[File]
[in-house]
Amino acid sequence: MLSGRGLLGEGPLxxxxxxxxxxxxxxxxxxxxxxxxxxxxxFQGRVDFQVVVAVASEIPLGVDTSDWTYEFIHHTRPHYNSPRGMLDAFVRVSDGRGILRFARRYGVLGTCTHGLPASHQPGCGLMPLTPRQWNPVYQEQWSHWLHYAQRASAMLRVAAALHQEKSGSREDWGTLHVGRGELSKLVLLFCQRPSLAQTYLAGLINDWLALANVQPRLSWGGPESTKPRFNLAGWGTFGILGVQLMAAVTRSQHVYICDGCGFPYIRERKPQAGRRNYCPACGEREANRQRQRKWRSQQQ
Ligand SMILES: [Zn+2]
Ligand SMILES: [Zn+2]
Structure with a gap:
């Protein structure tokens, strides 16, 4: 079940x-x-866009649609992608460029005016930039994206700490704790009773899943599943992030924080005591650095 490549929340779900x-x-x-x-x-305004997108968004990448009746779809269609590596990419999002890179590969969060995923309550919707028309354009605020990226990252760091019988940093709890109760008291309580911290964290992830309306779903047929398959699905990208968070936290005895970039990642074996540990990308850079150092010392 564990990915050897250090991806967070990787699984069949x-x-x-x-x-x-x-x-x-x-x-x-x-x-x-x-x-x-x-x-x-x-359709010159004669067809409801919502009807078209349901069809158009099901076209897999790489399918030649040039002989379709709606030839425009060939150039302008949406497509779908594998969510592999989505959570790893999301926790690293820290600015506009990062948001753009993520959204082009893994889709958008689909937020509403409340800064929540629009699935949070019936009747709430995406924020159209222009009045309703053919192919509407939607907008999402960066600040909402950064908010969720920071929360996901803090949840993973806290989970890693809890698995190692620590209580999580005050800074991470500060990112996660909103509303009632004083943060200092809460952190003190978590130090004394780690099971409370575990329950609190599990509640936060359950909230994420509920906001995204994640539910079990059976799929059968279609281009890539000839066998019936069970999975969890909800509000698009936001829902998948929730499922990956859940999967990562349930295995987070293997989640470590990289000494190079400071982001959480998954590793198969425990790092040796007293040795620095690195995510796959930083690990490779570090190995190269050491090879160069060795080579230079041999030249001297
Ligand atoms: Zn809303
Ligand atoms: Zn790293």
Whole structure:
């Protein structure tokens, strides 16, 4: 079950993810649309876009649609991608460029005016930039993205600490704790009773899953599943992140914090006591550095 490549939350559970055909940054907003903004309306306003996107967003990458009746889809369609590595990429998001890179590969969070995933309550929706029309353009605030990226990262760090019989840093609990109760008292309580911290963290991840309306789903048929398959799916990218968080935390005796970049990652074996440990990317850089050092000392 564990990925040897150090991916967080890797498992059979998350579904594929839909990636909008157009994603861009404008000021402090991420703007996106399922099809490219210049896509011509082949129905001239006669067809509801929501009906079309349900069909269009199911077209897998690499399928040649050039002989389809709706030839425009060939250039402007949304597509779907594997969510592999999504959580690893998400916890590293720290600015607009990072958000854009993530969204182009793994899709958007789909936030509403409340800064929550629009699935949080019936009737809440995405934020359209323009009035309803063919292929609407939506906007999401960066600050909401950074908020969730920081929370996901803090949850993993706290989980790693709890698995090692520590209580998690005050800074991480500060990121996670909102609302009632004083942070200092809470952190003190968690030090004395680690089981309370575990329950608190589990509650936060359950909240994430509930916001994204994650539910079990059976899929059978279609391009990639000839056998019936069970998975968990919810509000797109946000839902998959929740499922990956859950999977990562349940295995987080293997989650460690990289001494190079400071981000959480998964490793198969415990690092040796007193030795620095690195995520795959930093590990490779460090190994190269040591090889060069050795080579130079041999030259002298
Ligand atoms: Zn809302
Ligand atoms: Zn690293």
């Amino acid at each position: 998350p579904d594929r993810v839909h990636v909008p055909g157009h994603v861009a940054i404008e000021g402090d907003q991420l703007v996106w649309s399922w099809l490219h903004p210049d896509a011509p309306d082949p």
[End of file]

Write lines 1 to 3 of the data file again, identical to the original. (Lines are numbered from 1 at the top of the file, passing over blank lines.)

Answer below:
[in-house]
Amino acid sequence: MLSGRGLLGEGPLxxxxxxxxxxxxxxxxxxxxxxxxxxxxxFQGRVDFQVVVAVASEIPLGVDTSDWTYEFIHHTRPHYNSPRGMLDAFVRVSDGRGILRFARRYGVLGTCTHGLPASHQPGCGLMPLTPRQWNPVYQEQWSHWLHYAQRASAMLRVAAALHQEKSGSREDWGTLHVGRGELSKLVLLFCQRPSLAQTYLAGLINDWLALANVQPRLSWGGPESTKPRFNLAGWGTFGILGVQLMAAVTRSQHVYICDGCGFPYIRERKPQAGRRNYCPACGEREANRQRQRKWRSQQQ
Ligand SMILES: [Zn+2]